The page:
The world of Mixology wouldn’t be the same without Cointreau. It’s one of the most used ingredients and part of many classic cocktail recipes. But besides the name, many people don’t know too much about the orange-flavored Liqueur from France.
When talking about Cointreau, terms like Triple Sec, Curacao, or Orange Liqueur often pop up. But as much as one might be familiar with these names, many people don’t know how they are connected. So it’s time to solve this mystery and explain a little more about this somewhat disregarded liqueur.
What is Cointreau?
In a nutshell, Cointreau is a type of Triple Sec. It’s a strong, intense orange-flavored, and colorless liqueur from France. Traditionally Cointreau is an aperitif or also digestif, something you drink neat before or after a meal. It’s supposed to either prepare your stomach for a meal or signaling the end of it. But these days, Cointreau is more famous for its use in cocktails.
In 1849, the brothers Adolphe and Eduoard-Jean Cointreau created their first liqueur and thus established the brand Cointreau. However, that first one wasn’t the famous Orange Liqueur, but the cherry called Liqueur Guignolet. In fact, the first bottle of Cointreau saw the light more than 25 years later.
The liqueur made of orange peels and alcohol from sugar beets is quite strong. With 80 proof, translating to 40% ABV, Cointreau has the equal proof Vodka has in the US.
So now Cointreau is roughly covered, but I suspect the term Triple Sec is still hard to grasp. So let’s clear things up.
A type of Triple Sec
So Cointreau is a Triple Sec, and Triple Sec is…? Simply put, Triple Sec is a type of liqueur. It’s an orange-flavored liqueur originating in France that usually contains between 15% and 40% Alcohol By Volume (ABV). It consists of sun-dried bitter and sweet orange peels that get macerated for at least 24 hours before being distilled. And a Triple Sec needs to be distilled three times, a so-called triple distillation process.
“Sec” is a French term translating to “dry”, but it’s also the word for “distilled”. So the Triple Sec category literally means triple-distilled. The resulting Triple Sec is dry and colorless.
So now we know how Cointreau and Triple Sec are related. But Orange Curaçao seems to be the same thing. What’s the difference?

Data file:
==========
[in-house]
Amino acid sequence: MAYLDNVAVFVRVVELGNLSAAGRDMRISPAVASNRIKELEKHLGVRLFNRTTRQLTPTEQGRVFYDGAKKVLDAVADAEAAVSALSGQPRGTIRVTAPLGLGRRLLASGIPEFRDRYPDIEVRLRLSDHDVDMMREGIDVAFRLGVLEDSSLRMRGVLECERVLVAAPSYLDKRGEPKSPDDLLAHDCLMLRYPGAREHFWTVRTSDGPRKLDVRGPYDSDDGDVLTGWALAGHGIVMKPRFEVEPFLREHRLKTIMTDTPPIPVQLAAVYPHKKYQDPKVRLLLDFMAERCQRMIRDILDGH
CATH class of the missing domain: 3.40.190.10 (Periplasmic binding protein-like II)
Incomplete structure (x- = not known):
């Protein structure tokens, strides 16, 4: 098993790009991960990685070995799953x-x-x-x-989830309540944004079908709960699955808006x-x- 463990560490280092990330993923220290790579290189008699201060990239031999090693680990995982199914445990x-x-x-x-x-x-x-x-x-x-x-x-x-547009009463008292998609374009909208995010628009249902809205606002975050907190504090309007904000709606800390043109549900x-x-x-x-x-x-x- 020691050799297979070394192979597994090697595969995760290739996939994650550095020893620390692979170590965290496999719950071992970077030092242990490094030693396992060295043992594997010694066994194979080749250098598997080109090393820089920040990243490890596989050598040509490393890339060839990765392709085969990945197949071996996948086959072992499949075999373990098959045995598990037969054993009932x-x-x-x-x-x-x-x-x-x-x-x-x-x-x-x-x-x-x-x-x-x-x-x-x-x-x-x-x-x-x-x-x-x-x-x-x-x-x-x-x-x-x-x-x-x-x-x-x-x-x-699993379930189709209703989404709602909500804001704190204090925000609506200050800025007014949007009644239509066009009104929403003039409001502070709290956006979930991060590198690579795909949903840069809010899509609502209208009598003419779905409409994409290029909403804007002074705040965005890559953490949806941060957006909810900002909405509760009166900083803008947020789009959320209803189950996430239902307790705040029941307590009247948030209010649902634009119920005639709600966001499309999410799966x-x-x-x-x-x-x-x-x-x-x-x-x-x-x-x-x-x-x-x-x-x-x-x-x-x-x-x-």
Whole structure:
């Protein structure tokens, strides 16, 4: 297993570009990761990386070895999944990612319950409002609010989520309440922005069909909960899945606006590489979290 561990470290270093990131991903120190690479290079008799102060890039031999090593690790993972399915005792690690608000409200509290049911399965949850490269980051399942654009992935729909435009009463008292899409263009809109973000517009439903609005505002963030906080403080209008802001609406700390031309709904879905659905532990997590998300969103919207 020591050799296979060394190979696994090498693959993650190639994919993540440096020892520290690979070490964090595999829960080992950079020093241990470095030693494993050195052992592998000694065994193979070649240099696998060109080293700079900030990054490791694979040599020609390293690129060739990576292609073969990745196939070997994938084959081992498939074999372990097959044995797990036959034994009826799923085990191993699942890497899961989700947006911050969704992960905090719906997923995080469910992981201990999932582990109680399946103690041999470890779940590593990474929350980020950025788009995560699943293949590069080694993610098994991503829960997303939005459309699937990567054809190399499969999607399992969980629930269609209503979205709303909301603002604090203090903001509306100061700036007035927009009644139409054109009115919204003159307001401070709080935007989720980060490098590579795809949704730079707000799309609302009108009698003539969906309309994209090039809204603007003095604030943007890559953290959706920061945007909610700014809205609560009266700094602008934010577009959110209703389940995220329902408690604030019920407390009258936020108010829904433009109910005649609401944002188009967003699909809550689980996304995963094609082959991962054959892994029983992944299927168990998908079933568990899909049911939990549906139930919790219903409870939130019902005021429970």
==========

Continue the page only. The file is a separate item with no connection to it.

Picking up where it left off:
Curaçao got its name from the Caribbean island of Curaçao, part of the ABC islands. Once colonized by the Dutch, the island is still part of the Kingdom of the Netherlands. But before the Dutch took over, the Spanish found the island and brought Spanish Oranges with them. Due to the hot and dry climate on Curaçao, the oranges didn’t turn out as expected. They were almost inedible because they tasted way too bitter.
Once the Dutch discovered how fragrant those fruits were, they started experimenting. Eventually, by macerating the peels in Brandy, the orange-flavored liqueur called “curaçao” was created. While this sounds similar and tastes similar to Cointreau and other Triple Secs, there is a significant difference. On a side note, the famous blue-colored “Blue Curaçao” also tastes similar, it’s just a regular curaçao tinted blue.
Curaçao liqueur has to be made with brandy or sugarcane spirits to create a sweeter product with a darker color. Triple Sec, on the other hand, is made of neutral grain or sugar beet spirits. The result is dryer and, as mentioned before, colorless.
In terms of flavor, both types are similar, and you can substitute one for another.
Cointreau is part of many, many different cocktails. Some of them are so famous that I am sure everyone has heard of them. Drinks like the Margarita, Mai Tai, Cosmopolitan, or the Long Island Ice Tea all contain Cointreau. And a complete list would be a lot longer.
And the reason for this is simple. Cointreau brings a lot of things to your cocktails: It is bitter, sweet, fresh, citrusy, and also contains quite some alcohol. A perfect ingredient to balance drinks, especially when combined with another citrus component like lemon or lime juice.
I personally love Cointreau. It’s not cheap, but in most recipes asking for either a Triple Sec or a curaçao, Cointreau works exceptionally well. And also, I do not need to stock up on five bottles of Orange Liqueur. Therefore, in my opinion, Cointreau is an essential cocktail ingredient for every home bar.